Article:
Unsafe at work

And finally, we must consider the current disregard for worker safety. In 2017, 5,197 workers went to work and never returned home to their families. That is an average of 99 workers a week losing their lives while making the rich, richer. And this number can be added to the 2.8 million on the job non-fatal injuries and illnesses reported, with nearly 900,000 of them resulting in lost workdays. Current administration memorandums and executive orders have frozen new regulatory protections since the 2016 election.

Rules requiring employers to keep accurate injury and illness records and to disclose safety, health, and labor violations to qualify for federal contracts have been repealed.
Consider this: There are about 2,100 inspectors to inspect more than 8 million workplaces around the nation. That is roughly one inspector for every 59,000 workers or enough inspectors to inspect workplaces once every 150 years or so.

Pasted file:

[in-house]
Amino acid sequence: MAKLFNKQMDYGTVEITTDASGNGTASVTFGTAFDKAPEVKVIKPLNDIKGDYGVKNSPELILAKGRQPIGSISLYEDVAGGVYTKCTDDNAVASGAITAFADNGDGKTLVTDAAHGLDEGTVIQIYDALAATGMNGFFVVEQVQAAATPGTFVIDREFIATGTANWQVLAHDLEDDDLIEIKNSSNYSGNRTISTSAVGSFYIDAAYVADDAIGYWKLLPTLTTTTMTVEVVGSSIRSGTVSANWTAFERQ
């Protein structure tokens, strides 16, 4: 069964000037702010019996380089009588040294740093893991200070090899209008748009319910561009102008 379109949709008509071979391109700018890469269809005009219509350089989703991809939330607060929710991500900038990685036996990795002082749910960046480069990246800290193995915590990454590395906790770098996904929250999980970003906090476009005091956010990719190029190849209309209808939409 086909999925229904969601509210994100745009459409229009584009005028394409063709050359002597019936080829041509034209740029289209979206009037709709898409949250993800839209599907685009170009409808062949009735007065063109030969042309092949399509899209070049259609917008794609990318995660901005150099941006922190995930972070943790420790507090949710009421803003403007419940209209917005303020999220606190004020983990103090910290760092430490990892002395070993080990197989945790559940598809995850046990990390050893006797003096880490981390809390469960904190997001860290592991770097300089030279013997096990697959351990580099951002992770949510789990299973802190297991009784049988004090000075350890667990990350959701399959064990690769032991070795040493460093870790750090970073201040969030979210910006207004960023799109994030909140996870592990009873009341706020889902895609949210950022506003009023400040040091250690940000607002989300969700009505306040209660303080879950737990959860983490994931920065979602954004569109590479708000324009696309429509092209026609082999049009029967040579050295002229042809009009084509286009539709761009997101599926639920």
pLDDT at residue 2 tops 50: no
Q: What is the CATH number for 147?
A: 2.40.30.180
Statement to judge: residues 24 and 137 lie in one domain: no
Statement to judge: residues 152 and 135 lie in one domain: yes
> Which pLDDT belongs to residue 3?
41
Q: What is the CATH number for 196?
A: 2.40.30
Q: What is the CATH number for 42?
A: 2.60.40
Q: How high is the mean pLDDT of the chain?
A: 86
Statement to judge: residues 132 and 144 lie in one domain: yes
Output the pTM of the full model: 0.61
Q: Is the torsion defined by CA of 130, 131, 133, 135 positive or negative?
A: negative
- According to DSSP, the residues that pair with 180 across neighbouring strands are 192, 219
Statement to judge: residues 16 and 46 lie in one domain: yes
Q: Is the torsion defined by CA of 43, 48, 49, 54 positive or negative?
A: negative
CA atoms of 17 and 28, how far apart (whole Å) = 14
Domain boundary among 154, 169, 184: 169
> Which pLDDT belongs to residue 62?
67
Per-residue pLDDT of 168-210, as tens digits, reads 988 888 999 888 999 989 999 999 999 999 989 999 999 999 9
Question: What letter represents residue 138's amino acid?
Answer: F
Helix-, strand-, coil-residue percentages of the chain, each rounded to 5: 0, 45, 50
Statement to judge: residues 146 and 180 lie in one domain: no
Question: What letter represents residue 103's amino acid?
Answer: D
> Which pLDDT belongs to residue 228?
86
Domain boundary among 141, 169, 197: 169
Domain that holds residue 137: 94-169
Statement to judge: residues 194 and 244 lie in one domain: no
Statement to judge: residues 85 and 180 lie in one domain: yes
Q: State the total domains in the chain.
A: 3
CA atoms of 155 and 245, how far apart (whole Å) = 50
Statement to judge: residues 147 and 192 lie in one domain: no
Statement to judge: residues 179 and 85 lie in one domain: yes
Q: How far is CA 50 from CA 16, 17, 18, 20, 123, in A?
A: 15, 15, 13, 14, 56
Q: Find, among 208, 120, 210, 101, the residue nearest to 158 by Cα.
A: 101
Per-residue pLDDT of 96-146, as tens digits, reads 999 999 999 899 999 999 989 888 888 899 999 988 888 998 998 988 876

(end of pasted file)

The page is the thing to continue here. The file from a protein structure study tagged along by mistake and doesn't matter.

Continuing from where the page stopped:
I ask you, what do we do with this? Is it expecting too much to go to work in the morning and come home safe to your loved ones at the end of the day?

I’ll tell you what we do. WE VOTE!

And we vote for candidates that support the millions of working men and women in this country. Vote to keep our jobs, to keep workers safe, to protect the right to organize and to have a voice in the workplace.

Take this voting season as an opportunity to tell your own story. The story of millions of hard-working Americans that our country so desperately needs to hear.